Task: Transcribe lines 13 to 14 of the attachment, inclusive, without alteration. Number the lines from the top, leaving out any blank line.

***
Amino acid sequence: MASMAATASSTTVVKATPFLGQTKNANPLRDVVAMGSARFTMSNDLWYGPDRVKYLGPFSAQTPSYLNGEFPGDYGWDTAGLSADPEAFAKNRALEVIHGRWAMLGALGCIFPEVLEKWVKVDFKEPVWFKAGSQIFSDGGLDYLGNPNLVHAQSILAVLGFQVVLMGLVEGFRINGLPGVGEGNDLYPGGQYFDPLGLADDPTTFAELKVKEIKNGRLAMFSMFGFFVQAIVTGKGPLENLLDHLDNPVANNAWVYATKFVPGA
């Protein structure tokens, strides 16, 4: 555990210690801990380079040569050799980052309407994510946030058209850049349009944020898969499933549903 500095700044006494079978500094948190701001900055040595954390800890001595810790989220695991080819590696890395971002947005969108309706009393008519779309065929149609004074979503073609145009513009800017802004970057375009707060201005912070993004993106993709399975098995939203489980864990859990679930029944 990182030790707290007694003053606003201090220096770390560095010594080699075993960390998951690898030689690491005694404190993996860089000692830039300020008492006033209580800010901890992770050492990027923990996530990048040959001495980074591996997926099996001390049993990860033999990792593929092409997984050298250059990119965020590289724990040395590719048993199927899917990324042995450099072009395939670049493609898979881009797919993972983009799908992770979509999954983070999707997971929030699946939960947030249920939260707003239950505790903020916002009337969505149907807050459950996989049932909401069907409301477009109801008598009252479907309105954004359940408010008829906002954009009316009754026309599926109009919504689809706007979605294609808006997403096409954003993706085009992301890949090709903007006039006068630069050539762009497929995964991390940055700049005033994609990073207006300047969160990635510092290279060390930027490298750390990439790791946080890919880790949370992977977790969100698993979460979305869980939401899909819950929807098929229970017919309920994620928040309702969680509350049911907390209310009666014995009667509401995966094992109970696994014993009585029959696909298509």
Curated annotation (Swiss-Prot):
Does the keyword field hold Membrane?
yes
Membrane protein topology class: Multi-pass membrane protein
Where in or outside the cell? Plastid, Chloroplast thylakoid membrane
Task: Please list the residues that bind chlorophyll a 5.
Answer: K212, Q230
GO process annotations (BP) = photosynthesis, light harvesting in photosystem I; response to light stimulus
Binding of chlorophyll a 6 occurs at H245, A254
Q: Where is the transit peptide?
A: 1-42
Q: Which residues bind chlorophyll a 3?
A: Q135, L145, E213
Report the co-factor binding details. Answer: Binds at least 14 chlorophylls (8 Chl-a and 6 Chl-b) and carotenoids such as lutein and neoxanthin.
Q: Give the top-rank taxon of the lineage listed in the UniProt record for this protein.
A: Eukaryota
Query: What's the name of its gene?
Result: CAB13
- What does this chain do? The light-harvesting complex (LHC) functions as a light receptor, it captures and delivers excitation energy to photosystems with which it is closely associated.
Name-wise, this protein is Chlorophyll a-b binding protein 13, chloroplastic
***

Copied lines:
A: 1-42
Q: Which residues bind chlorophyll a 3?